As we mentioned earlier, during the early 1900, there were millions of unwanted animals roaming the streets without proper homes due to overpopulation which the advancement of spaying and neutering has helped keep to a minimum. In addition to this, there are also a few health and behavioral benefits of spaying your pet.
- Spaying your Labradoodle helps prevent certain health conditions such as uterine infections and breast tumors. These are both fatal ailments that we want to avoid in dogs.
- Your spayed Labradoodle will cease to experience a heat cycle. (Just in case you are unfamiliar with this occurrence, it is a natural animal cycle to mate and reproduce offspring, so spaying removes this occurrence from happening. Each cycle varies from dog to dog, but it can last for about four to five days every three weeks during the breeding season). As you can imagine, this can get a little tricky to deal with.
Cons of Spaying a Labradoodle
As with any surgery, especially an elective one, there are often negatives to receiving the procedure. The same is true with spaying a pet. Educating ourselves on not only the positive outcomes but the negative ones is a responsible way to make a decision. Below you will find some of the negative outcomes that can occur from spaying your Labradoodle.
- Spaying your dog can increase the risk of obesity, which leads to other health conditions such as joint pain, arthritis, heart disease, etc.
- Labrador Retrievers (a parent of your Labradoodle) are prone to hemangiosarcoma – deadly cancer. Spaying your dog doubles the risk of contracting this condition.
- Spaying increases the risk of hypothyroidism. This is because the reproductive hormones are connected with the endocrine system. Upsetting this can result in abnormal thyroid levels, which leads to weight gain and lethargy.
Related: Australian Labradoodle vs. Labradoodle.
What to Expect After Spaying Your Labradoodle
Throughout this article, we’ve covered the definition and brief history of spaying, the best time to spay your Labradoodle, and the procedure’s pros and cons. If you are considering going through this, you might also be interested in knowing what to expect from your puppy following the surgery.
Just like humans, undergoing major surgery with anesthesia can slow us down for a healing period, and your Labradoodle is no different. Following the surgery, your pet will take about 3 to 4 days to sleep and take it easy. This is because the anesthesia will cycle through their body, and your vet will give them pain meds to cope with discomfort.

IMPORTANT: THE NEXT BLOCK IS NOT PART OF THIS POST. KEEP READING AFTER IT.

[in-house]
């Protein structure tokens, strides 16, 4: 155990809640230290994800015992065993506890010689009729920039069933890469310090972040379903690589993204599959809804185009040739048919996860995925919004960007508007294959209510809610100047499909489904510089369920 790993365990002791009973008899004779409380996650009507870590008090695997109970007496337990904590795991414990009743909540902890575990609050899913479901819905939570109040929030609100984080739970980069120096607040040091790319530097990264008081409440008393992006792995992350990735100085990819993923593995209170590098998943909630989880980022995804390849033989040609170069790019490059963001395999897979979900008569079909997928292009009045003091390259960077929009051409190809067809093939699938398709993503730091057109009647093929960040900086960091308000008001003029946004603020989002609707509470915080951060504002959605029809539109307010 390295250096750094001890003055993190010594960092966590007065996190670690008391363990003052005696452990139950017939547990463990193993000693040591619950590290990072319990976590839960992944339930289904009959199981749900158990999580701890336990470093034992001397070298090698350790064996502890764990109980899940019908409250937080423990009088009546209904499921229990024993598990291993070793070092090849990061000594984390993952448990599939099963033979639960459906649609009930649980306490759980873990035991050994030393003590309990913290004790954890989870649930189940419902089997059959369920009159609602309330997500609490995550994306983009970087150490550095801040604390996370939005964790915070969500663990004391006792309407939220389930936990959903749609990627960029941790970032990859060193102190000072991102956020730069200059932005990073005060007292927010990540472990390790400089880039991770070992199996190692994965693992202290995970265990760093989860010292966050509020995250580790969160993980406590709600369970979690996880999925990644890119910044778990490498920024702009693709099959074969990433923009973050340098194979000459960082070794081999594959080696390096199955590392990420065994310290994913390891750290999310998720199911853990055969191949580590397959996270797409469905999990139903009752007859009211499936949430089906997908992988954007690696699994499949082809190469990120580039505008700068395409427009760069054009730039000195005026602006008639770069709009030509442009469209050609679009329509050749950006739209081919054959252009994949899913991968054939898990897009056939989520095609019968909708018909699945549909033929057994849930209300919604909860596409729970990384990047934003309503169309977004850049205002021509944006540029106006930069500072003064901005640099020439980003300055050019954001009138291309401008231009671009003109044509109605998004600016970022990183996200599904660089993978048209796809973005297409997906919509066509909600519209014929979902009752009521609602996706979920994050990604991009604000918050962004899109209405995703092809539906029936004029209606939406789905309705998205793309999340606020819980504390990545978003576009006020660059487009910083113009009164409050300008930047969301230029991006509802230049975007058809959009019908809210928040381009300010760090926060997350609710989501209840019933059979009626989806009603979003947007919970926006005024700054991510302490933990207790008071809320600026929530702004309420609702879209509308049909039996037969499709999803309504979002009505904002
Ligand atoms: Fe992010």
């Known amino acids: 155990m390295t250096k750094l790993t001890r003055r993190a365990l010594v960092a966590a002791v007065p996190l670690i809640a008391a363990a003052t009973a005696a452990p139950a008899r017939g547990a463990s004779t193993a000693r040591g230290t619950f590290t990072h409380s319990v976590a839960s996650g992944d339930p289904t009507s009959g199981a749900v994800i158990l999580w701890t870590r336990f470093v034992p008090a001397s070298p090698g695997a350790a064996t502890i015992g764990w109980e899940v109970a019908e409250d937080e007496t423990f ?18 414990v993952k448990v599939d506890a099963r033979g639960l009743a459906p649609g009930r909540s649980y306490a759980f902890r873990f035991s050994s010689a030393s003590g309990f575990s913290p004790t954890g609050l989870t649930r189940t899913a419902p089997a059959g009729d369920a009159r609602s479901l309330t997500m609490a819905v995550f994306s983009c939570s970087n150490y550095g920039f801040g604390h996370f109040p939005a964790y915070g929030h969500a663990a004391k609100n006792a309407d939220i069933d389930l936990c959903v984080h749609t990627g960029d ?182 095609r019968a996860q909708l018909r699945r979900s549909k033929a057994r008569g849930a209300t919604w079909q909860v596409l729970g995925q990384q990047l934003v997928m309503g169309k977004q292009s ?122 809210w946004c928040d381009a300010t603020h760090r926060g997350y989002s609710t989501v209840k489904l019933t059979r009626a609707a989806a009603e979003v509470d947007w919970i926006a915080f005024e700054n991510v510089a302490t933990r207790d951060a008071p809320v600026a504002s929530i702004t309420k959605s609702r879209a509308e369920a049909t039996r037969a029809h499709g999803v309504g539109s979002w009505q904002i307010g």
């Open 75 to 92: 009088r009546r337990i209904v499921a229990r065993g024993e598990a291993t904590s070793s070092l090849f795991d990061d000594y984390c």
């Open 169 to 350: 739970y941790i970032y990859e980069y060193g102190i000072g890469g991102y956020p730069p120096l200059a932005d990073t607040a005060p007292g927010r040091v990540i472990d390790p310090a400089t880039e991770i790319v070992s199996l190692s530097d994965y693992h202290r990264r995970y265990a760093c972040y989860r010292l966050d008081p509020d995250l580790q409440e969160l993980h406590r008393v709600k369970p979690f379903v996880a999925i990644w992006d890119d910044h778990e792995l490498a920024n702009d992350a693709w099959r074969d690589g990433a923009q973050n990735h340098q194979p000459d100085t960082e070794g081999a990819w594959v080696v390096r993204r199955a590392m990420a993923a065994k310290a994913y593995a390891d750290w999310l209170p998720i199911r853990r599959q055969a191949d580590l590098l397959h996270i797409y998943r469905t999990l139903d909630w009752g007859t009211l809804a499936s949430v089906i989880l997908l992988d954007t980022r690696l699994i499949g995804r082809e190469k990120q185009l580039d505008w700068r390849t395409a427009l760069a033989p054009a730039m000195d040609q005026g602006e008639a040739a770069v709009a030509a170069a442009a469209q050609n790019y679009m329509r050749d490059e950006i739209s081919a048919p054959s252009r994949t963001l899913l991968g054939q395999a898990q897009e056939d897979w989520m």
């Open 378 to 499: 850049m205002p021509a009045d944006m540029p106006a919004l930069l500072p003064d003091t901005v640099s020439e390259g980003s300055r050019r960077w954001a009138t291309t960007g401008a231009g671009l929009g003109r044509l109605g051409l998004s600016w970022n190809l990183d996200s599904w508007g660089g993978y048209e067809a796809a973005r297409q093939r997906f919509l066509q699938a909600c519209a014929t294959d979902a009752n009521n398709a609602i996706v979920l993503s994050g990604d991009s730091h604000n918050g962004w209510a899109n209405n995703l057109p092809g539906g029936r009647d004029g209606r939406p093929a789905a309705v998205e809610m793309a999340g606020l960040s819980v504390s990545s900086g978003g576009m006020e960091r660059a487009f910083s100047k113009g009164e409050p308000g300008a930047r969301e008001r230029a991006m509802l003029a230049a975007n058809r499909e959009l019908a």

After this initial period, your Labradoodle will return to her happy, energetic, and adventurous self. But, you will still want to limit her activity for the next 10 to 14 days, as her stitches will need time to heal properly. On top of making sure your Labradoodle does not participate in any unnecessary physical activity that could tear her stitches, you will also need to have her wear a cone, more formally known as an “Elizabethan Collar.”
These common devices consist of a sheet of flexible plastic that wraps around your dog’s neck and extends past their snout, making it very hard for her to lick (and possibly infect or damage) the wound and stitching area. This cone is to be worn for the duration of the healing period, about two weeks, with breaks allowed only when close supervision can be given.
Conclusion For “When to Spay a Labradoodle”
We understand that as a new or even an experienced pet parent, having your dog undergo major surgery can be quite scary and stressful. As we discussed in this article, there are many pros and cons to the action of spaying your pet. Additionally, it is important to consult your vet for their recommendation on the best age to spay your Labradoodle.
This can vary on the size of your dog and plays a large part in your dog’s overall health throughout their life. Ideally, this surgery should be done between 5 and 15 months of age for all puppies, including Labradoodles. We hope you have found this article helpful and will come back for more.
For more guides similar to “When to Spay a Labradoodle,” you can check out:
- When to Spay a Goldendoodle?
- When to Spay a Cockapoo?
- What You Need to Know About Spaying and Neutering Your Doodle
You can learn more about spaying your Labradoodle by watching “The Best Age to Spay or Neuter a Dog” down below:
Andy is a full-time animal rescuer and owner of a toy doodle. When he’s not saving dogs, Andy is one of our core writers and editors. He has been writing about dogs for over a decade. Andy joined our team because he believes that words are powerful tools that can change a dog’s life for the better.